we stand back from the small details and loosely describe the whole process of power dissipation as ‘friction’.12 of direction. it distorts in shear and it leaves the die as a rigid bar C with twice the billet velocity. v. This approximation is valid for calculations of integrated effects near the aerofoil. and p are defined in due course. 1. if continuously distorted until they flow as a frictional fluid. which shows inverted extrusion of a contained metal billet pressed against a square die. Some simple intuitive understanding of a problem of plane plastic flow can be gained from Fig. 1. The billet A is rigidly contained: the billet advances on the die with a certain velocity but when the metal reaches the fan B. will come into a welldefined critical state determined by two equations q Mp v ln p. neglecting the .8 The Critical State Concept The kernel of our ideas is the concept that soil and other granular materials. The constants M. it shears and flows within the fan. If the motion were viewed at close range we could see a stochastic process of random movements. The metal in the fan is stressed to its yield limit and it is not possible to transmit more pressure from the billet to the die face through this yielding plastic material. scratch. chip. Each element of metal is rigid until it enters the fan. It will take us three more chapters to develop initial concepts of stress and strain and of steady and transient flow of water in soil. and represent basic soilmaterial properties. but we keep our distance and see a continuous flow. rub. The effect of the die is severe. however. Consider a random aggregate of irregular ‘solid’ particles of diverse sizes which tear.9 Extrusion of Metal Billet (After Hill) We have to explain in this book much more complicated models than the models of compressible flow or plastic shear flow. and the last chapter can only begin to review what is already known of the mathematical consequences of older models. 1.9. Fig. In the mathematically comparable problems of supersonic flow we have regions into which it is not possible to propagate certain disturbances and the inability of the material to disperse these disturbances results in locally concentrated physical effects. and local. and the parameters q. . When we reach the new models for mechanical behaviour of a soil it will take four more chapters to explain their working. and on exit it abruptly freezes into the deformed pattern. and even bounce against each other during the process of continuous deformation. At close range we would expect to find many complicated causes of power dissipation and some damage to particles.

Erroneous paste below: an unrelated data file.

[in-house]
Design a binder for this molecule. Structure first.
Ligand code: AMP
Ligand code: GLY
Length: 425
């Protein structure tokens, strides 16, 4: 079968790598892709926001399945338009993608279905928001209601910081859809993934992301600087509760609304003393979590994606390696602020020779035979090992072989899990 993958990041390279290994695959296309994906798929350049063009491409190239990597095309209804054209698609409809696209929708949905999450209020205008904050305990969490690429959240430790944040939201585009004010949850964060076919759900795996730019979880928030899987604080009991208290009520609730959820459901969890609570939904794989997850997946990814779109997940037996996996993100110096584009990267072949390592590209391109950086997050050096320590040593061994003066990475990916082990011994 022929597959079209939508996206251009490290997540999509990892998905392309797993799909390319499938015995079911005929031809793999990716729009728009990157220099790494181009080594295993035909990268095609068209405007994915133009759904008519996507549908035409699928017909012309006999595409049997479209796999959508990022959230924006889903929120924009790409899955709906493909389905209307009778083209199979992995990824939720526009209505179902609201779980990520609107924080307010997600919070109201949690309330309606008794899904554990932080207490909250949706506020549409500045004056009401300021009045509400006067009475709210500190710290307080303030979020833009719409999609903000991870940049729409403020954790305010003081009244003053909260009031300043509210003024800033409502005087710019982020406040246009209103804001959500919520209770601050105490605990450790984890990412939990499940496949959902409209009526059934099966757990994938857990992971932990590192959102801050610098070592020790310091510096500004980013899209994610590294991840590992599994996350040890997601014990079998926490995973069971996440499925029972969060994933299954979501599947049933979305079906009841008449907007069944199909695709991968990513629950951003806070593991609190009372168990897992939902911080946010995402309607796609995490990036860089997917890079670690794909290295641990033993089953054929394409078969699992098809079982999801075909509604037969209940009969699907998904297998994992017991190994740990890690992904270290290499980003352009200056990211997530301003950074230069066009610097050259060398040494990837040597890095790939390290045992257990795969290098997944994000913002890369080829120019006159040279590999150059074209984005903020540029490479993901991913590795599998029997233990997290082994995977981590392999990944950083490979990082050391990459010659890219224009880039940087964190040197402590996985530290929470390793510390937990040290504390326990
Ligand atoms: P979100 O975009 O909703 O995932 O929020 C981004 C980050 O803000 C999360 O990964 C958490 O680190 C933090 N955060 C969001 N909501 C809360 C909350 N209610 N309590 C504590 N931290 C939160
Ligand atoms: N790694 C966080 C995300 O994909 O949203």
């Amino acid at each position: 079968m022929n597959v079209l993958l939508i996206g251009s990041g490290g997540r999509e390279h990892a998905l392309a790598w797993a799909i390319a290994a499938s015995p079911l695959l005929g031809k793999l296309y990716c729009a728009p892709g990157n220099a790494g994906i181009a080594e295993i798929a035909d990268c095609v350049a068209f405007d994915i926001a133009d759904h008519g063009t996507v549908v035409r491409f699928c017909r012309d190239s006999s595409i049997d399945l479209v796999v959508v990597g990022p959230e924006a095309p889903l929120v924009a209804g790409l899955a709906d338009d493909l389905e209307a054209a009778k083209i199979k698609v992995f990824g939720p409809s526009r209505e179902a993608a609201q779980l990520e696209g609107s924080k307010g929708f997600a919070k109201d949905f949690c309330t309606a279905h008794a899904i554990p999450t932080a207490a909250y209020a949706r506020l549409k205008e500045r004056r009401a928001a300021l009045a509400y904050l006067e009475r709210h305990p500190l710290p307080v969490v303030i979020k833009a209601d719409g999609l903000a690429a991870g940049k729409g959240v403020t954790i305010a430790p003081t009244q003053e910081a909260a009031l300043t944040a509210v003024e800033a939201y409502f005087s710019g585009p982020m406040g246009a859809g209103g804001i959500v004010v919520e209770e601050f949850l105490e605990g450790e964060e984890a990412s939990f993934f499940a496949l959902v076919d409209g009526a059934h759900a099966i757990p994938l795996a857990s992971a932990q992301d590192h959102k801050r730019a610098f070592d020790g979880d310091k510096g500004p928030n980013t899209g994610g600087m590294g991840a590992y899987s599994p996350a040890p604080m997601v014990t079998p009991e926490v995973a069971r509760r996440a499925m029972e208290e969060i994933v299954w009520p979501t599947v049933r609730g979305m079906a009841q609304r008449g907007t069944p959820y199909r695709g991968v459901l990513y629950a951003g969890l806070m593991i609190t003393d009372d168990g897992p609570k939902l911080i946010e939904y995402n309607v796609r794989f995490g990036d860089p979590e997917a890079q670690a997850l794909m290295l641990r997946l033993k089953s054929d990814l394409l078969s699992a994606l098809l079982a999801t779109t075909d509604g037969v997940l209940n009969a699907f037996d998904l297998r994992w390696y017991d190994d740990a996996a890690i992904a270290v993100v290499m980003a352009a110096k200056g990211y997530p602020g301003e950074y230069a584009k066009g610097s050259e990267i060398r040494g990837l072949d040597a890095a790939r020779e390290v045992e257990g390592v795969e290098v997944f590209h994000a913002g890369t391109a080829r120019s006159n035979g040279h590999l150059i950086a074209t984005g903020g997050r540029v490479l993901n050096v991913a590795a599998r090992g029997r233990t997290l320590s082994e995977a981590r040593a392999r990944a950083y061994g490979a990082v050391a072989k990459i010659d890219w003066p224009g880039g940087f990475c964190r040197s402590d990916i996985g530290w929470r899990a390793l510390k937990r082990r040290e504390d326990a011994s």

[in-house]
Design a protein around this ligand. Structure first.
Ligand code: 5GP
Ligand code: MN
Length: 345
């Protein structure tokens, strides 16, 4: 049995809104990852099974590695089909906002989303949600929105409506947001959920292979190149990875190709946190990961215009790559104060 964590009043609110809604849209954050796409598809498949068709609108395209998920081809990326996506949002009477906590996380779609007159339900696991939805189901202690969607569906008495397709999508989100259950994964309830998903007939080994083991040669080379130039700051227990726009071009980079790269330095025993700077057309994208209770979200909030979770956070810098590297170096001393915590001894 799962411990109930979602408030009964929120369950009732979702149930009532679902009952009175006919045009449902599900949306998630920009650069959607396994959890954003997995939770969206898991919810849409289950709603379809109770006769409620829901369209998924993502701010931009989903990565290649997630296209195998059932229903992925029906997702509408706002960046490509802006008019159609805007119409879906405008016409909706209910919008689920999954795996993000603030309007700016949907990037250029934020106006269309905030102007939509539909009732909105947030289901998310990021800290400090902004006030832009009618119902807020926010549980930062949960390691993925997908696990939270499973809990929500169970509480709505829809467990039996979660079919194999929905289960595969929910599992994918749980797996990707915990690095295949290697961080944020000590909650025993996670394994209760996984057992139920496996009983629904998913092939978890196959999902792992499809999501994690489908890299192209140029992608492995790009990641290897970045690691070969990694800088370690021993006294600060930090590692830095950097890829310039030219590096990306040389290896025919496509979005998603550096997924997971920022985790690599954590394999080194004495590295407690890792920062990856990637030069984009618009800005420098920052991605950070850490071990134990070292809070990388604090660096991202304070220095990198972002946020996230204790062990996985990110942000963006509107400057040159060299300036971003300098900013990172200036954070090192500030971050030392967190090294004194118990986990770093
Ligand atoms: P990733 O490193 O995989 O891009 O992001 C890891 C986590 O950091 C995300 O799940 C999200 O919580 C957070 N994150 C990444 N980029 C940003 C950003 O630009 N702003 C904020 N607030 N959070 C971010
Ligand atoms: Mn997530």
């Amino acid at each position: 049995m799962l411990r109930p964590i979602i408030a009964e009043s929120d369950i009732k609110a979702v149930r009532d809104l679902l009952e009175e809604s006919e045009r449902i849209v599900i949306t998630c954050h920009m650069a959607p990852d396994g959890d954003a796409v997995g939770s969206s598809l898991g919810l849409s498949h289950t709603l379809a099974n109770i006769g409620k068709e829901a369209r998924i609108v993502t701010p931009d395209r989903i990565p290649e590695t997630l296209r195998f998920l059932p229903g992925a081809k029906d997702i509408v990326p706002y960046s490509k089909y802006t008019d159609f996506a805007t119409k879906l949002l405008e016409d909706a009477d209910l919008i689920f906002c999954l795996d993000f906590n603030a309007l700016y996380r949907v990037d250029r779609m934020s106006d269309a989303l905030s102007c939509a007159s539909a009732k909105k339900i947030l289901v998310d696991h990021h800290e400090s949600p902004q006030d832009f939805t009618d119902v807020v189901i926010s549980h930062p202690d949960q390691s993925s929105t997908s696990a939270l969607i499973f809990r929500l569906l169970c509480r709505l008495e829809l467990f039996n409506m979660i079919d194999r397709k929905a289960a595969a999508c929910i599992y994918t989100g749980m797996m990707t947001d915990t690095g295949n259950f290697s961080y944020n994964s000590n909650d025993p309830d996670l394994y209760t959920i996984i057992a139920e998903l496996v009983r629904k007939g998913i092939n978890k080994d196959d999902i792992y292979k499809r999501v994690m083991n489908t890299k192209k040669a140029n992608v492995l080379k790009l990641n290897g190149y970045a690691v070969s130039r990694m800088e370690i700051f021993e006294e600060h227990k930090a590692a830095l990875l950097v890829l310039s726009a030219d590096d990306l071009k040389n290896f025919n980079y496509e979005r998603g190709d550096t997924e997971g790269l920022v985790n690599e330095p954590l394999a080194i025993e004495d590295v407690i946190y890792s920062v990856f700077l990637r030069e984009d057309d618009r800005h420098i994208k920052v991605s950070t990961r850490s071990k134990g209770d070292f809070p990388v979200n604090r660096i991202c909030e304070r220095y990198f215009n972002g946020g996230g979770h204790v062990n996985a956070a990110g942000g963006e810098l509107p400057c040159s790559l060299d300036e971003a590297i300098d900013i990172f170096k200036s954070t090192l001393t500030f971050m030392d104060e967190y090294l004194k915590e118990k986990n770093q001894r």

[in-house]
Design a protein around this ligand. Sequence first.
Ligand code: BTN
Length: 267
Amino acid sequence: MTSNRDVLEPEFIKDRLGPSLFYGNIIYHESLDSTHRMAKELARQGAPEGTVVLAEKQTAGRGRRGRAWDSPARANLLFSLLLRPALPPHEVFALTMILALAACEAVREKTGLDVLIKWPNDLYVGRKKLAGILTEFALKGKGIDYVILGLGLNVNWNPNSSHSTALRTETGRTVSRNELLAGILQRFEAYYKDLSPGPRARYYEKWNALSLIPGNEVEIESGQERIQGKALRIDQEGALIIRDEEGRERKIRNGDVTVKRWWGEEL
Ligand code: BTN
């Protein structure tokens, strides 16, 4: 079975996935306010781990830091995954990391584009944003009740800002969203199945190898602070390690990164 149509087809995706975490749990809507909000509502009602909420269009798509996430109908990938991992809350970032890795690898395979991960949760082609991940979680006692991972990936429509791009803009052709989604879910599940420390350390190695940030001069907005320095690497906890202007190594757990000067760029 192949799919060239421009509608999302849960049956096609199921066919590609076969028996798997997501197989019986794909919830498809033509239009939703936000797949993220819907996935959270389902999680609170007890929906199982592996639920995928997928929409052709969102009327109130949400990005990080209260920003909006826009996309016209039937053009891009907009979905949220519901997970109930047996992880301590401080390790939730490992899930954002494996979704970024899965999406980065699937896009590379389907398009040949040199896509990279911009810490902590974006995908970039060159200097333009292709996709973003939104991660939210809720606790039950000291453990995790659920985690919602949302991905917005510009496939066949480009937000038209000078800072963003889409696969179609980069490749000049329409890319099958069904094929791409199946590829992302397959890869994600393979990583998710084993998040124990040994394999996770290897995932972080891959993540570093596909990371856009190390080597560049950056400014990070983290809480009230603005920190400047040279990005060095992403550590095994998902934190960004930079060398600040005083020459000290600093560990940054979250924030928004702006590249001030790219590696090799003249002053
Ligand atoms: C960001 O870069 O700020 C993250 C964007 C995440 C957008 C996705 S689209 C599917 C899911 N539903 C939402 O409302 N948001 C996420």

with the thought that during deformation the effective soil structure will give way and throw some pressure into the porewater (the .10 Critical States The critical states become our base of reference. and our problem is reduced to calculating just how much of that total change can be expected when the distortion process is not carried too far. and it is a problem to decide how rigid a particular specimen will be and what will happen when it begins to yield. We combine the effective pressure and specific volume of soil in any state to plot a single point in Fig.10(b)). Both these equations make sense for dry sand. Microscopically. 1. we would expect to find that when interparticle forces increased. What we claim is that the problem is not so difficult if we consider the ultimate fully remoulded condition that might occur if the process of uniform distortion were carried on until the soil flowed as a frictional fluid. Initial conditions are complicated.13 possibilities of degradation or of orientation of particles. the second equation states that the specific volume v occupied by unit volume of flowing particles will decrease as the logarithm of the effective pressure increases (see Fig. 1. 1.10(a). The first equation of the critical states determines the magnitude of the ‘deviator stress’ q needed to keep the soil flowing continuously as the product of a frictional constant M with the effective pressure p. the average distance between particle centres would decrease. In such states we call the soil ‘wet’. 1. – Fig. The total change from any initial state to an ultimate critical state can be precisely predicted. as illustrated in Fig. more water in the voids and a clay paste of a softer consistency that flows under less deviator stress. Specimens of remoulded soil can be obtained in very different states by different sequences of compression and unloading.10(b): when we are looking at a problem we begin by asking ourselves if the soil is looser than the critical states. Macroscopically. they also make sense for saturated silty clay where low effective pressures result in large specific volumes that is to say.